Forum for Science, Industry and Business

Sponsored by:     3M 
Search our Site:

 

First Use of a Membrane Bioreactor with Reverse Osmosis in the Pulp and Paper Industry anywhere in the World

07.03.2008
Siemens Solution Reduces Volume of Wastewater at German Board Producer by 90 Per Cent

The Siemens Industry Solutions Division (IS) has received an order from Albert Köhler GmbH & Co. KG in Gengenbach, Germany, to install a membrane bioreactor plant with downstream reverse osmosis for wastewater treatment.


Computer-animated image of the wastewater treatment plant

This means the German board producer will be the first company in the world to have such a capability at its disposal. The system will enable almost all the process water to be reused and will reduce the volume of wastewater by some 90 per cent. Not only that: the Siemens solution will reduce the need for process steam and thus cut energy costs. The new wastewater treatment plant is due to be commissioned as soon as the spring of 2008.

Albert Köhler GmbH & Co. KG, based in Gengenbach, Baden-Württemberg, employs 120 people and uses a Fourdrinier machine and two cylinder wrap machines to produce about 40,000 tonnes of high-quality board each year for folders, books and packaging, for the automotive industry, the construction sector and the woodworking industry and for advertising and display products. In order to counter the cost pressure from rising energy costs and water charges while at the same time reducing environmental impact, in June 2007 Albert Köhler GmbH commissioned Siemens to investigate the potential of a wastewater treatment system using a membrane bioreactor (MBR) with integrated partial flow treatment as part of a pilot project.

Following the successful conclusion of the pilot phase, this solution concept will now be implemented for the entire wastewater treatment system at Albert Köhler. For this, the wastewater is first cooled by means of a plate heat-exchanger system downstream of the existing primary treatment stage. The wastewater then passes into the biological clarification plant. This consists of an aerobic stage with three cascades and is operated with an activated sludge concentration of 8-10 g/l. A membrane operating system (MOS) serves as the separating facility. Activated sludge and air are injected here using the MemJet process. The resultant optimized flow to the membranes causes intensive cleaning of the membrane surface in ongoing operation, which helps achieve higher specific throughput rates and longer cleaning intervals. This means that the membranes can also be operated efficiently and economically at high CaCO3 loadings and sludge concentrations – key prerequisites for use in the paper and pulp industry, where polluting loads are high.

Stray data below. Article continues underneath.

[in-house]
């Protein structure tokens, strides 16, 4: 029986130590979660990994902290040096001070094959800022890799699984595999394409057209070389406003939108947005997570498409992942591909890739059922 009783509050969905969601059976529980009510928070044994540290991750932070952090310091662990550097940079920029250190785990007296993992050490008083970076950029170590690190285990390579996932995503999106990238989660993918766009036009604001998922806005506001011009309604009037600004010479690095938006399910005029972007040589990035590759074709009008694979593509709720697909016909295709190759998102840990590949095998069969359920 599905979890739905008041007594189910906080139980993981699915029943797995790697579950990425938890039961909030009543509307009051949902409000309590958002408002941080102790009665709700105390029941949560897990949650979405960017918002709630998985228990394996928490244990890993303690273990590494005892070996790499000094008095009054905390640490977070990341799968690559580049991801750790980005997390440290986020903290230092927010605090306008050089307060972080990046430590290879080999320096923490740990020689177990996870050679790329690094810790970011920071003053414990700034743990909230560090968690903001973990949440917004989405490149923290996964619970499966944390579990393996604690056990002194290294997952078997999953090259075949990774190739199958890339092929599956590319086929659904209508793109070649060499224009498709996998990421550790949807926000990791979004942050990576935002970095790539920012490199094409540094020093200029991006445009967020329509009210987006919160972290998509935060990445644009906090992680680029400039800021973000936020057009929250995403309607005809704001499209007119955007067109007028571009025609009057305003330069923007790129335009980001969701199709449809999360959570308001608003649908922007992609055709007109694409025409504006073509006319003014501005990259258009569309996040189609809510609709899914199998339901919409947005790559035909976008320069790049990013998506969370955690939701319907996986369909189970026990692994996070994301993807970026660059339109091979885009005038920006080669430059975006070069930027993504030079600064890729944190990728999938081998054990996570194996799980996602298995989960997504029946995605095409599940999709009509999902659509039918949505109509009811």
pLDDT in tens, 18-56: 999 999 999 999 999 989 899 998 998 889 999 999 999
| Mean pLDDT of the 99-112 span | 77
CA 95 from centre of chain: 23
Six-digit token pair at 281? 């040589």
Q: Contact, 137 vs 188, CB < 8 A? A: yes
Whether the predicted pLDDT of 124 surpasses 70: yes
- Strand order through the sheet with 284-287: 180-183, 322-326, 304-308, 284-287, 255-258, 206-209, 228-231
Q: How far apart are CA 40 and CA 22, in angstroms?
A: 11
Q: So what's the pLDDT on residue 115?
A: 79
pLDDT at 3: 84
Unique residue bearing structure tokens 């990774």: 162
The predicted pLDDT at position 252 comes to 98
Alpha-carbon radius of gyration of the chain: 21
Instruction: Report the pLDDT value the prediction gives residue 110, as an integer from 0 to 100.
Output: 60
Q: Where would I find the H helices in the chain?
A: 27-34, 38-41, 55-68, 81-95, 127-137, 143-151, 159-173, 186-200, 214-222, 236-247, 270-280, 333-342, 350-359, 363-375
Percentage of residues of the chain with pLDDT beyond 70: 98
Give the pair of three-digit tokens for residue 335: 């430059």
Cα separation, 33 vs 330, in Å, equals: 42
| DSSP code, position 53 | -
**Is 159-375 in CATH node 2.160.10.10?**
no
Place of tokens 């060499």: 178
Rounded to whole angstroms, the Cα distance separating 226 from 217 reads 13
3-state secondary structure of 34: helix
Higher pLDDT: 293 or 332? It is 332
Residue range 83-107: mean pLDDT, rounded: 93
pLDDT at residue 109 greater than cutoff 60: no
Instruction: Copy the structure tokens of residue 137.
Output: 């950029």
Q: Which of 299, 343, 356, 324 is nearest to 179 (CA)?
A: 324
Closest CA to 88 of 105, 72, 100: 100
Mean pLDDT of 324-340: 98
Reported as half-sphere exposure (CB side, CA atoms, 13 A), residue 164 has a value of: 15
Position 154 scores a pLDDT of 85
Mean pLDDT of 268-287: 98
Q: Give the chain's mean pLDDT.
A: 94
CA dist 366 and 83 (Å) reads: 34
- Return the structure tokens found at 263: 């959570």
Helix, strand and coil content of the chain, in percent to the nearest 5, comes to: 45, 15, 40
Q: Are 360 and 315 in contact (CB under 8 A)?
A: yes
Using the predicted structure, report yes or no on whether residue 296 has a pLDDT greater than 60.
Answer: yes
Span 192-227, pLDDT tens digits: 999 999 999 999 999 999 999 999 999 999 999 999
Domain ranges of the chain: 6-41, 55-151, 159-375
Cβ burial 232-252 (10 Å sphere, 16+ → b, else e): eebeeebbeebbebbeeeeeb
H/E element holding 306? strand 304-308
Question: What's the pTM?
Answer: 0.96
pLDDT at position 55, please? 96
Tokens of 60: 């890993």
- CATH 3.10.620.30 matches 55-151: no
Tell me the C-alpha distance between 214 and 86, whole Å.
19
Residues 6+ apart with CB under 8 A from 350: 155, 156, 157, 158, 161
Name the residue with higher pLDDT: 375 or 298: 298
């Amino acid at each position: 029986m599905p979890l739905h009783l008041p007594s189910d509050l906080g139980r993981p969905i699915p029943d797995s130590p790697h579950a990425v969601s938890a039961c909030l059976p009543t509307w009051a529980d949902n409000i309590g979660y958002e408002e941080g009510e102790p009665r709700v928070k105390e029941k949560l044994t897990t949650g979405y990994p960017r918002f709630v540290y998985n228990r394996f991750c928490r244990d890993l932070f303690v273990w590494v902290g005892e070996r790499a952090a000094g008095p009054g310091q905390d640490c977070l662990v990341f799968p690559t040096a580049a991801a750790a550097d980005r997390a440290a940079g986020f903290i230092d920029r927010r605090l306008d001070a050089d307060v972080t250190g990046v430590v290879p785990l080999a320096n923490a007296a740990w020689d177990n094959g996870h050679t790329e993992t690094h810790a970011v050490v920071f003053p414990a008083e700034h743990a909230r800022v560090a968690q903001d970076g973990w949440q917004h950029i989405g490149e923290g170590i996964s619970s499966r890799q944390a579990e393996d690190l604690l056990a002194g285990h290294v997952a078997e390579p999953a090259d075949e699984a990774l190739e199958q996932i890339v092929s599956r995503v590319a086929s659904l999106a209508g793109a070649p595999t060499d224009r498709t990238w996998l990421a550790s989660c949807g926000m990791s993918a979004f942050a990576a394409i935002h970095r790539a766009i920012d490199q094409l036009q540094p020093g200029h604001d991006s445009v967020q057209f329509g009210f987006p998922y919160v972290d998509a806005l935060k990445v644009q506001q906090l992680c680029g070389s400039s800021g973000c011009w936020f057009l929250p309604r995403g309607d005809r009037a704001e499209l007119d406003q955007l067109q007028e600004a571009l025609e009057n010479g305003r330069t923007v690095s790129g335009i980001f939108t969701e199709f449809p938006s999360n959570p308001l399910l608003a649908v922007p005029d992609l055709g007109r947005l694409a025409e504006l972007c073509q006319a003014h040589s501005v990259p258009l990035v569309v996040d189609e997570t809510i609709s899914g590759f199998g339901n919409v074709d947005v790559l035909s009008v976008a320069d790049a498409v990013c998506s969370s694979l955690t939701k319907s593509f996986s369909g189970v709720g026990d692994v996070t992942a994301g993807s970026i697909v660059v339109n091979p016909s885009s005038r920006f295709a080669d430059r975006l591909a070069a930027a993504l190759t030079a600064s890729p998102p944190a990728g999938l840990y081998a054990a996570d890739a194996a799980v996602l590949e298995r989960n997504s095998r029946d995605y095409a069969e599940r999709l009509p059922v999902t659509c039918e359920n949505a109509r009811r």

The MOS system consists of three parallel lines, which allows fully automatic cleaning of the membranes during operation without causing any changes to the hydraulics. A partial flow treatment stage with reverse osmosis (RO) is installed downstream of the MBR plant. Its purpose is desalination of the wastewater. As a result it is possible to return 90 per cent of all the wastewater to production with no loss of quality in the product. The ultrafiltrated wastewater is piped via an interim tank and a pumping station back to the existing fresh water reservoir. From there, the treated water is distributed through the production system together with the fresh water (supplementary water).